Miramonti Corteno
Miramonti Corteno


Summer in the Italian Alps: Porcini Mushroom Picking

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Mushroom picking is the perfect Summer Activity in the Italian Alps. Near our Alpine hotel, many mushroom foragers flock to the forests to find porcini mushrooms. Porcini mushrooms are known to be an ingredient for gourmet cuisine, which is made evident through its premium pricing. It creates an excellent flavour of umami to any dish, while also being a great source of protein. There are many delicious Italian dishes that utilise Porcini mushrooms, in fact our Italian Restaurant Menu incorporates a lot of Porcini into our dishes such as; Porcini Tagliatelle and Crispy Egg with Porcini.

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It is known throughout the gourmet world that Porcini mushrooms are difficult to cultivate. They require the ideal climate to flourish, there are several factors such as the type of soil, the humidity, the temperature, the shade and even the kinds of trees that grow in the area. For Porcini mushrooms, the Italian Alps create the perfect climate for them to grow. Mushrooms have a symbiotic relationship with trees, they thrive living beside trees while nourishing its roots. Porcini mushrooms lie within hardwood forests alongside trees like pine, chestnut, spruce and hemlock. Therefore, if you’re travelling to Northern Italy, do not miss out on foraging these precious mushrooms! As they don’t grow easily anywhere else. The best season to pick mushrooms is summer shifting to autumn - so try and go out when there is higher humidity and you find a greater abundance of mushrooms.

The area of our Alpine Hotel, is in close proximity to many areas where mushroom picking is a popular activity in the summertime. For example, Aprica is an area well-known to mushroom-picking lovers, the Orobic Valleys (Vall Di Sant’Antonio; Val Bondone) are abundant in mushrooms. Not only is Aprica a great place to do skiing, hiking and cycling - but is also great for Porcini hunting. Furthermore, if you go to Magnolta, there have been mushroom picking competitions for the Best Porcini mushroom - and even in Valle Camonica, ‘Super Porcinos’ have been spotted (extra large porcini mushrooms).

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Once you’ve arrived in porcini abundant ground, the challenge is finding them and making sure you don’t consume any harmful mushrooms. As a rule, do not eat a mushroom you cannot recognise - you could run the risk of poisoning yourself. Porcini mushrooms are quite hard to spot due to its brown colour, allowing it to camouflage in the dense undergrowth. The mushrooms tend to grow in the soil beside trees where it is slightly moist and away from direct sunlight but with access to some. If you find a bunch of brown leaves, you can shift them to the side to see if there are any Porcini mushrooms hiding underneath.

  • AVOID FERNS If you encounter grounds with ferns, you should move to another area and avoid them. This is due to the fact that they thrive on acidic soil, whereas, Porcini mushroom do not.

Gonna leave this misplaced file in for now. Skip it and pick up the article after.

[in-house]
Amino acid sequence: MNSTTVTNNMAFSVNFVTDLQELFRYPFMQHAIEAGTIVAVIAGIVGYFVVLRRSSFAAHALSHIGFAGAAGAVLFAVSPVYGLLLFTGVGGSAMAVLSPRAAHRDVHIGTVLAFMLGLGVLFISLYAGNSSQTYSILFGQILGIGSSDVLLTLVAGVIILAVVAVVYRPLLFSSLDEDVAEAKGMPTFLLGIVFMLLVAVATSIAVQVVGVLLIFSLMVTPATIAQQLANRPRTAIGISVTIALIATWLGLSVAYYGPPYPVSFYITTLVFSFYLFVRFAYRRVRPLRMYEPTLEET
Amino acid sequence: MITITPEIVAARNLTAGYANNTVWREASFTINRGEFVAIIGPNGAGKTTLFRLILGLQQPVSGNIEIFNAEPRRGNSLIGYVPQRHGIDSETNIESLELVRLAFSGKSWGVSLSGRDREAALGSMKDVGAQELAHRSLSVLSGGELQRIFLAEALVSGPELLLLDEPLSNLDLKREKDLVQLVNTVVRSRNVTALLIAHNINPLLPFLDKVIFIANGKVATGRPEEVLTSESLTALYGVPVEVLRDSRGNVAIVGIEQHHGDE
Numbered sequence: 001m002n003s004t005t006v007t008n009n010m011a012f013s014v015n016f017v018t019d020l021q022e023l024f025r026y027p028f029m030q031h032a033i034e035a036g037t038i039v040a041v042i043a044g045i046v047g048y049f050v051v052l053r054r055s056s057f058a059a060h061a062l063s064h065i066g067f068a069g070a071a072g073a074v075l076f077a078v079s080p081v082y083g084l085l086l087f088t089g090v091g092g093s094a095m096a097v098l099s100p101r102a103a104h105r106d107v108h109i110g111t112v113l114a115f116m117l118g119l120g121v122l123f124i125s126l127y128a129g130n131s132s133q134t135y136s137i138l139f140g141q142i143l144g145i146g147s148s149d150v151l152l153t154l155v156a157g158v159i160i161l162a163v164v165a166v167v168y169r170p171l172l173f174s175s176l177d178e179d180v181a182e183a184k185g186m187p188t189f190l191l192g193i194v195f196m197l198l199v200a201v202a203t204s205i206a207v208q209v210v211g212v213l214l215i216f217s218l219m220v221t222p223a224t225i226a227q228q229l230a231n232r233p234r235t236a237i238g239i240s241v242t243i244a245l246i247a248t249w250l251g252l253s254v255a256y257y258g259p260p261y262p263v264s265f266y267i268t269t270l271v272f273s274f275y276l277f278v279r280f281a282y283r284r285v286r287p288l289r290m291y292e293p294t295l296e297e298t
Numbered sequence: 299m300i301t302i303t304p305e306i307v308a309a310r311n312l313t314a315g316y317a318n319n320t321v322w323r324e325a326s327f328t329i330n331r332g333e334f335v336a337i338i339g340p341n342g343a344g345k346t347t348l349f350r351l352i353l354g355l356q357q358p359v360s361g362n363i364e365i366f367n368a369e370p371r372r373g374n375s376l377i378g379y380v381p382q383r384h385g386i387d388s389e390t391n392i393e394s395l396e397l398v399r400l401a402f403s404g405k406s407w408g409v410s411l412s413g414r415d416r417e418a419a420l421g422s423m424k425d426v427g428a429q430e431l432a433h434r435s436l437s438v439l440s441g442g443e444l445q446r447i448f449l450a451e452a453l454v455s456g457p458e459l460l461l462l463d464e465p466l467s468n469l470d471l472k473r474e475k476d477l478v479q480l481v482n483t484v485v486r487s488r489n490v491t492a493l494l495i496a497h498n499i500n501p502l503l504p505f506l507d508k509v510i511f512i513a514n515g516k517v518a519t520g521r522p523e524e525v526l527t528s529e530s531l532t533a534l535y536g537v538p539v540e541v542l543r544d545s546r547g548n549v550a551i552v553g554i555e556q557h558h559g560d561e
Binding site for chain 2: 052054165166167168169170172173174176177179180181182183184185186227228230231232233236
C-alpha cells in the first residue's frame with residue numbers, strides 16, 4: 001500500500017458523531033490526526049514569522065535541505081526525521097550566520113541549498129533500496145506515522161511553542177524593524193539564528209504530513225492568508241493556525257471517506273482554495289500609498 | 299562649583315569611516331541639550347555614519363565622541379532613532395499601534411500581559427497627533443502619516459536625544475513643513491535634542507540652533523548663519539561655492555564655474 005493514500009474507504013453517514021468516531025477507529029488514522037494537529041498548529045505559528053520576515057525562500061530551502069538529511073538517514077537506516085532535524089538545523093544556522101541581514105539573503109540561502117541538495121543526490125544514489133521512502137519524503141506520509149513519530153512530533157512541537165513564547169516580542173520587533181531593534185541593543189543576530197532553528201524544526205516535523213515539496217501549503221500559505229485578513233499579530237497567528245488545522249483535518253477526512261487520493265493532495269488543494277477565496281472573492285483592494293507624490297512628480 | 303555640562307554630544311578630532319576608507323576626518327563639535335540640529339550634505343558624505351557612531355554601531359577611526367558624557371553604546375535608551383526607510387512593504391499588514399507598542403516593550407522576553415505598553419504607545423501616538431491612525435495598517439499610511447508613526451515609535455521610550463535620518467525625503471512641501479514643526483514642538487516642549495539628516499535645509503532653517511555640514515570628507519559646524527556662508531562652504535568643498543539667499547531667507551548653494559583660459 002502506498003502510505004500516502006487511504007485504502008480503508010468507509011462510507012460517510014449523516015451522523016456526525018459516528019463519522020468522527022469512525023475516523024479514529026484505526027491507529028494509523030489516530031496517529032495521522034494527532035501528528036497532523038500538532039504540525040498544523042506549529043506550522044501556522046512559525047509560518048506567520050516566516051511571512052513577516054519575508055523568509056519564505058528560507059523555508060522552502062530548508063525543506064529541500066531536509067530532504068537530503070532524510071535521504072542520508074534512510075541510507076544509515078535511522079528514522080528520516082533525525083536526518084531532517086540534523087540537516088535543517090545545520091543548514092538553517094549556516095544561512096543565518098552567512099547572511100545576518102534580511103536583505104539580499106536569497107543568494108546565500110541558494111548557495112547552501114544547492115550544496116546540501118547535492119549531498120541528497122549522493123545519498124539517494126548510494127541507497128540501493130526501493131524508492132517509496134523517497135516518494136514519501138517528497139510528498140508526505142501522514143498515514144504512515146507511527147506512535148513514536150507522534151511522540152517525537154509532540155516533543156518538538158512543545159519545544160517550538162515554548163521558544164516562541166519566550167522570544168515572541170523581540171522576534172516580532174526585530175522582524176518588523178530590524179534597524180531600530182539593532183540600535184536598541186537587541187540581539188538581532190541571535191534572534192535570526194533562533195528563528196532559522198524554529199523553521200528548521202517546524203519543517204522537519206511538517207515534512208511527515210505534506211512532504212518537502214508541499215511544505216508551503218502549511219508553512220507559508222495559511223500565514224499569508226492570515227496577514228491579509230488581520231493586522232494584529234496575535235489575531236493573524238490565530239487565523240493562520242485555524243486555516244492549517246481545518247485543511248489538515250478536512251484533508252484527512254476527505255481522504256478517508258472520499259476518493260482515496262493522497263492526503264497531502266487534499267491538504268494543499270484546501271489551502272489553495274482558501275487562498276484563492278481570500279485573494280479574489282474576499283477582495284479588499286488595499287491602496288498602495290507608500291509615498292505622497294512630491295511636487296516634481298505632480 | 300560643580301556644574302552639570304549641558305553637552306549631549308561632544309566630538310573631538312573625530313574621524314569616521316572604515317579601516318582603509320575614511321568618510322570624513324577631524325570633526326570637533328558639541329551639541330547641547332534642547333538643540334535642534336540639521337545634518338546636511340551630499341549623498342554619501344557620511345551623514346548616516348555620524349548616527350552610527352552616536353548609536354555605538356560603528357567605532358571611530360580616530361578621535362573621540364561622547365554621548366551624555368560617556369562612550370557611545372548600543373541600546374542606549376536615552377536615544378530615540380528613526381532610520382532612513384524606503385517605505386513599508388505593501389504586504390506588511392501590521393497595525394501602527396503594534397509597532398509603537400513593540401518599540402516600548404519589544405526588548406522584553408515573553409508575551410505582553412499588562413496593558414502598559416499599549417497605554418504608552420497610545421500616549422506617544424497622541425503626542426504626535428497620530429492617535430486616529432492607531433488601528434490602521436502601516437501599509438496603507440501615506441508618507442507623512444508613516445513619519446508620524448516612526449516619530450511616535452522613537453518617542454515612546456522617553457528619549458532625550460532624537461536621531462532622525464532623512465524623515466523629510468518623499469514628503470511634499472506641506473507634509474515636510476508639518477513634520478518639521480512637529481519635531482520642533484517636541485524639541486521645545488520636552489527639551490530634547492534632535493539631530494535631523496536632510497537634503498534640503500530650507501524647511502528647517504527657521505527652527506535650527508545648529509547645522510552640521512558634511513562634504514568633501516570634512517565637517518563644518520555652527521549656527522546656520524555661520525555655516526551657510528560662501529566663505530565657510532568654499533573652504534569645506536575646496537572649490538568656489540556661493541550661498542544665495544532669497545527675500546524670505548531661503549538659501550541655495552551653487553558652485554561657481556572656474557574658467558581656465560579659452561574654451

• CHECK OTHER MUSHROOMS Porcini mushrooms are often found beside Amanita mushrooms - also known as the ‘fairytale’ mushrooms - which is highly hallucinogenic. It is recommended that you do not pick or eat these types of mushrooms as they can be potentially harmful. However, Amanita mushrooms can be indicators that there are Porcini mushrooms nearby, as these two types of mushrooms thrive in the same climate and environment.


There are a few things to think about before harvesting Porcini mushrooms. Keep in mind that some areas require a permit in order to forage mushrooms - this is done to ensure that the mycelium (the mushroom roots) are not overly damaged to allow for more mushrooms to grow for the next season. For instance, if you are staying in Brescia - the Corteno Golgi area requires you to get a permit while some areas in Aprica and Mountain community of Tirano doesn’t require this. Keep in mind there are also limits in some areas, such as collecting only up to 3kg worth of mushrooms a day. For more information and to buy tickets to harvest, go check the GeoTicket site.

Mushrooms continue growing through the mycelium underground - so even when you harvest it - it will continue to keep growing. Thus, when you are harvesting you should only manually pick it up with your hands or a knife, without damaging the root too much. Clean the mushroom by wiping the debris away or cutting it away, once it is put in the bucket, you won’t have to worry about the dirty mushroom contaminating the others. When placing your mushroom in a container; use buckets, baskets or bags that allow air in so the mushrooms can breath.

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Northern Italy really is the best place to harvest Porcini mushrooms! If you are planning to go to the Alps, try foraging out and take it home to cook something delicious. If not, come visit our hotel in Corteno Golgi, stay in, have a relaxing session in our spa and try out the Porcini dishes in our menu!

For more articles about activities in the Italian Alps, read our blog: